Monday, December 19, 2005

Brain Drain Part II: HELP WANTED

With employees fleeing as fast as they can (or being thrown overboard and fed to the sharks), the Houston daily has holes to fill.

Hence, the Houston Chronicle has placed an ad with a publication put out by the Columbia University Graduate School of Journalism.

It states:

Staff Writers, City Desk, Various Positions, Houston Chronicle. A.J. Liebling said journalists are in the business of reporting with their feet. The Houston Chronicle, one of the nation's largest newspapers, is looking for reporters who aren’t afraid to get out of the office, poke around in the world and uncover stories that make a difference in the lives of our readers. We seek energetic self-starters with a knack for generating enterprise stories and watchdog journalism — all in a city that is among the best news towns in the country. In 2005 alone, Houston was threatened by two hurricanes, was the site of one of the largest industrial explosions in U.S. history, and had a team go to the World Series. Qualifications: Applicants should have a track record of writing news for print and the Web, five years of metro daily experience and an insatiable curiosity. Spanish or Vietnamese skills are a plus. Send cover letter, resume and five clips to Veronica Flores, city editor, Houston Chronicle, 801 Texas Ave., Houston, Texas, 77002. If you are interested in asking a fellow Columbia grad questions about the Chronicle call or e-mail Dina Cappiello, the paper's environment writer at 713-362-7860 or dina.cappiello@chron.com (Updated Nov. 21)


In the interest of full disclosure, we feel compelled to warn any job applicants that the city editor listed above is on her way out, according to one of our impeccable sources. Apparently her tenure in the newsroom captain's chair has sparked a near mutiny among the rank 'n file.

Our souce says:
This woman was so bad she didn't even know the name of the mayor or county judge after she had been working here nearly a year as assistant national editor. So Cohen makes her metro editor, and she was entirely incompetent...


I don't know this lady so I can't say. She was an editorial writer for the San Antonio paper (another star in the Hearst newspaper galaxy) before coming to Houston. And she won a Knight Fellowship in 1999 when her principal areas of study were listed as "public policy leadership and Latin American literature," so she obviously has some smarts.

But an appreciation of Gabriel Garcia Marquez does not necessarily a city editor make, though it could prove useful in editing those annual Fiestas Patrias and Cinco de Mayo stories.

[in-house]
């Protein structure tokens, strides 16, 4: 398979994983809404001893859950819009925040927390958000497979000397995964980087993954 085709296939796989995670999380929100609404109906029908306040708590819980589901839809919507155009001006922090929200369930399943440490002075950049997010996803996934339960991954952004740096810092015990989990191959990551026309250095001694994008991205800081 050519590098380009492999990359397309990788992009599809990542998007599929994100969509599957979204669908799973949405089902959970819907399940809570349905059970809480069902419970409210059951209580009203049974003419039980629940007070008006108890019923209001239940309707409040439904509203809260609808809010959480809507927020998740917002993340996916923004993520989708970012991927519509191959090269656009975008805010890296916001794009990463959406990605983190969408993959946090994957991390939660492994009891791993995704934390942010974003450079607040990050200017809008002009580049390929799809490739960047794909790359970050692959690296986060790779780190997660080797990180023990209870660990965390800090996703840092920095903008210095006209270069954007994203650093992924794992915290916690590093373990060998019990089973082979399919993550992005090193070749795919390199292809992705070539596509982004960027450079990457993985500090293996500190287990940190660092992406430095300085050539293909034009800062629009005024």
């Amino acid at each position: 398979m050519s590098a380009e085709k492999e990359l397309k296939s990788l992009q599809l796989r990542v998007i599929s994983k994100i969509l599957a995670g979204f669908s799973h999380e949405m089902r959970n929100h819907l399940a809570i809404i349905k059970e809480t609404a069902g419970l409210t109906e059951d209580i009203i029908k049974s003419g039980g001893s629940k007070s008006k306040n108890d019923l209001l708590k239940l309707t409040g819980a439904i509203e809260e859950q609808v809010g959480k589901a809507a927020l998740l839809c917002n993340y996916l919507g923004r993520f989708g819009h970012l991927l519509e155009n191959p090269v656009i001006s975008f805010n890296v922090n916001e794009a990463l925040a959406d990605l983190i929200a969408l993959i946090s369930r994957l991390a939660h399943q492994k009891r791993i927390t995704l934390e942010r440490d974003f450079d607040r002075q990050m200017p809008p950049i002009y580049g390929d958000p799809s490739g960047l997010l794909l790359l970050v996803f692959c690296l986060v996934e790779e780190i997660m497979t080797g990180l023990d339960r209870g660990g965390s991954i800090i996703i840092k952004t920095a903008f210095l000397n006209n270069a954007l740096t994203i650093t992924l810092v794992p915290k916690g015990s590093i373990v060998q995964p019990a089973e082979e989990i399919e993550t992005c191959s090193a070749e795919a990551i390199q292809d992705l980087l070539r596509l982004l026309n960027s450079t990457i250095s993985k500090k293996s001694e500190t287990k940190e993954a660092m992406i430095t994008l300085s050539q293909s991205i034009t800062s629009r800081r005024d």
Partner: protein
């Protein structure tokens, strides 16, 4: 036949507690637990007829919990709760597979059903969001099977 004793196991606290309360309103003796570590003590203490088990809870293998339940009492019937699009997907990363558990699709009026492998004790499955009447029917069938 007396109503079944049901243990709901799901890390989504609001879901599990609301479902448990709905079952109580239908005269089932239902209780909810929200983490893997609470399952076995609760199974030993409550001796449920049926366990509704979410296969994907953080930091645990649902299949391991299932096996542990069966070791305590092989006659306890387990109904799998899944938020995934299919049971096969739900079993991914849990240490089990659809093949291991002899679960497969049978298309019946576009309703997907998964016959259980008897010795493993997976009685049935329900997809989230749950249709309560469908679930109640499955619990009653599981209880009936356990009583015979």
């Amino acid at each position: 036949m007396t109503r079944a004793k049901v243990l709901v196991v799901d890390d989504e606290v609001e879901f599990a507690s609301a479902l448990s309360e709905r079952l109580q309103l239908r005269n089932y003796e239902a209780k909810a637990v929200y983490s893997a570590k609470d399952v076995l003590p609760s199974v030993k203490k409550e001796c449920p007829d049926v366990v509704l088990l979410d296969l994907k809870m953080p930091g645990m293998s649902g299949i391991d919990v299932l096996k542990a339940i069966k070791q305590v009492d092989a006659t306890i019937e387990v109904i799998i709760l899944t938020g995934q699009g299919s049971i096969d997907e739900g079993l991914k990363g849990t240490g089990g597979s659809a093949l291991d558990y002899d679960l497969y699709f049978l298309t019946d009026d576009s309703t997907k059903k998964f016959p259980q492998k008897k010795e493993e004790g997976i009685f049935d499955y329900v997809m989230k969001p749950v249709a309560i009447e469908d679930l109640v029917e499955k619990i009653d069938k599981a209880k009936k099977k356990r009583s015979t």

It could be she's more suited to being a writer of news stories or editorials. Or joining the growing Chron blog crew.

Being a city editor (she was so named in March 2004) requires a mix of skills -- people handling skills, rewrite skills, Big-Picture-Thinking skills. Plus a working knowledge of the names of the mayor, county judge and other dignitaries.

To use a sports analogy, the city editor is like the head coach of a football team. If the team won't run through a brick wall for the head coach, or at least try to, then the team won't be a "winner." Same with a city editor. He or she's gotta inspire the troops to achieve great things, even though at least half of the troops are gonna be chronic whiners with a penchant for substance abuse (a standard rule rule of thumb for newspaper journalism.)

So, if the current Chron city editor is indeed in over her head, the Chron brass is to be applauded for making a change, and there should eventually be an improvement in the product, depending on whom they hire to replace her. We wish them all well since it's the only newspaper in town.
[columbia.edu]
[stanford.edu]
[texaspress.com]

3 comments:

Anonymous said...

Banjo, is your hat in the ring? I'm serious, from what I see on the "news" here, like ole Kinky says, "Why Not?"

Besides Kinky needs a major newspaper to endorse the campaign, and what better rag sheet than the Chronicle?

Rorschach said...

Given Banjo's history at that "institution" (does that mean the employees are "institutionalized"? Hmm....), I suspect his resume would be filed in the nearest outhouse between the pages of a Sears catalog.

ttyler5@hotmail said...

rorschach, outhouses?

Wow, they aren't kidding about wanting reporters who aren't afraid to get out of the office and poke around in the world!

I wonder what the exec washroom looks like?